I am not an advocate for home births because of my concern for patient safety but as, Chevernak points out, the rate of women who give birth at home as increased by 29 percent which is significant. Instead of addressing the root cause of the problem, these “thought leaders” take a very paternalistic approach which will not solve the problem and as a woman, I find offensive. The attitude is reminiscent of a certain political party who thought they spoke for the values of Americans until the infamous “47 percent” showed up at the polls and proved them wrong.

I wish homebirth moms would deliver in birthing centers if they want to avoid a hospital because of its immediate access to emergency care. A C-Section cannot be done in someone’s home nor can the baby be properly resuscitated. However, our hospitals also have some “housekeeping” to do such appropriately staffing their overworked labor and delivery nurses and making family practice physicians and midwives contact a back-up obstetrician when a baby is having decelerations on a fetal strip rather than waiting until the 11th hour when it’s often too late.

We need to take a more intelligent approach to this issue and have a dialogue with patients, physicians and midwives such as Ina Mae Gaskins, an expert who has a track record of homebirth safety. We need to start thinking outside of the box and use technology and innovation rather than paternalism and fear.

In the words of the great Marianne Williamson: “Our deepest fear is not that we are inadequate. Our deepest fear is that we are powerful beyond measure. It is our light, not our darkness that most frightens us.”

Pregnant Women Die When Providers Don’t Listen

Every month I have the unenviable duty of reviewing federal medical malpractice cases to determine if the physician or midwife was at fault when a baby is born injured, dead or a pregnant woman dies. A panel of high-ranking federal officials listens to my presentation and then decides whether that doctor or midwife should be reported to the National Practitioner Data Bank, a place that essentially collects “data” on providers who have “messed up” or breached the standard of medical care.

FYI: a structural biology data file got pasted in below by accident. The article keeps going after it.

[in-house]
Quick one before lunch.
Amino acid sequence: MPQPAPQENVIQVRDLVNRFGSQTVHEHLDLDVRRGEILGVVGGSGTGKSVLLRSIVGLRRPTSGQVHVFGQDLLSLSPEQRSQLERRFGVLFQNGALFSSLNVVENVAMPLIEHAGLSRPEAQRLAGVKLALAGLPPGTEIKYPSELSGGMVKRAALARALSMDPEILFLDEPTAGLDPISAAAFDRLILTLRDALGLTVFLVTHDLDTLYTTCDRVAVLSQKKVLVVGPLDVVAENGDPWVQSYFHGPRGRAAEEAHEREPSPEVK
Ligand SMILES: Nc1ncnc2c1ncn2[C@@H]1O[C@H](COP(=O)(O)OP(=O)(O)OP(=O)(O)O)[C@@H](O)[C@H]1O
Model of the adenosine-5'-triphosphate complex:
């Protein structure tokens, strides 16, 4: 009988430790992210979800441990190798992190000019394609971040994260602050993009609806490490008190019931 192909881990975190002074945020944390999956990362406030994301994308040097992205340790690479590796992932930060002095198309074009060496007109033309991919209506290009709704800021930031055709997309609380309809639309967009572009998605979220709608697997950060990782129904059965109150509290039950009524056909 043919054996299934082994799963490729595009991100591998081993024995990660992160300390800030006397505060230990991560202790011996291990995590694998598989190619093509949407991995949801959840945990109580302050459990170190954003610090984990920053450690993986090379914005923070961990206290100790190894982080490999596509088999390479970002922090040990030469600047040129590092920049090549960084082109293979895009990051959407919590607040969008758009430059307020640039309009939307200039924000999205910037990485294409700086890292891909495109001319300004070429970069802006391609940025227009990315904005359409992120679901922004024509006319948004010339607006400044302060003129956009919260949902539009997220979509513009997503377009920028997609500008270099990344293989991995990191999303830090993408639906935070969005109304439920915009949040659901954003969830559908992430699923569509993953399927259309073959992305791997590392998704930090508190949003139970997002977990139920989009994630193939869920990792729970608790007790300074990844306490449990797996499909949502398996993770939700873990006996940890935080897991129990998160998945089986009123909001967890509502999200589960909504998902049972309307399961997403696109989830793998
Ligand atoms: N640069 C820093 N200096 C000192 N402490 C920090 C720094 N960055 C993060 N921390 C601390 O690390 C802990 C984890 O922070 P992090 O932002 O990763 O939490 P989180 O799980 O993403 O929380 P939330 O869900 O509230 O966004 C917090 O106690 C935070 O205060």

After performing these reviews for several years there is a constant theme that keeps emerging: providers don’t listen to patients or nurses about important issues and inevitably harm is done. I suppose we are all a bit more sensitive about maternal death based on the popular TV series, Downton Abby, because of an episode where one of the beloved characters dies in childbirth. So, can anything be done to reduce the risks of pregnant women dying? Yes there is according to The Smart Mother’s Guide to a Better Pregnancy (TSMG) and here are some of its recommendations:

  • Select your provider very carefully and if he or she does not listen or is insensitive to your concerns and complaints, by all means change providers
  • Understand the importance of a fetal monitor strip and understand what and why “decelerations” can predict whether the baby is at risk for dying in labor. This topic is discussed on pages 201 and 202 of the book.
  • Meet the back-up obstetrician of your midwife or family practice doctor during the early part of your prenatal care and make sure he or she is contacted when you are admitted in labor. Why? Because a midwife or family practice physician can’t do a C. Section in the event of fetal distress or if your baby needs to be delivered immediately but an obstetrician can.
  • Trust your instincts. If you think something is “wrong” then it is until your provider or the hospital proves it’s not.
  • If you think something is going wrong while you’re in labor and your provider is not doing his or her job, ask to speak with the hospital administrator and request a second opinion from the chief of the obstetrics department or better yet, a maternal fetal medicine specialist.

Remember, a healthy pregnancy doesn’t just happen. It takes a smart mother who knows what to do.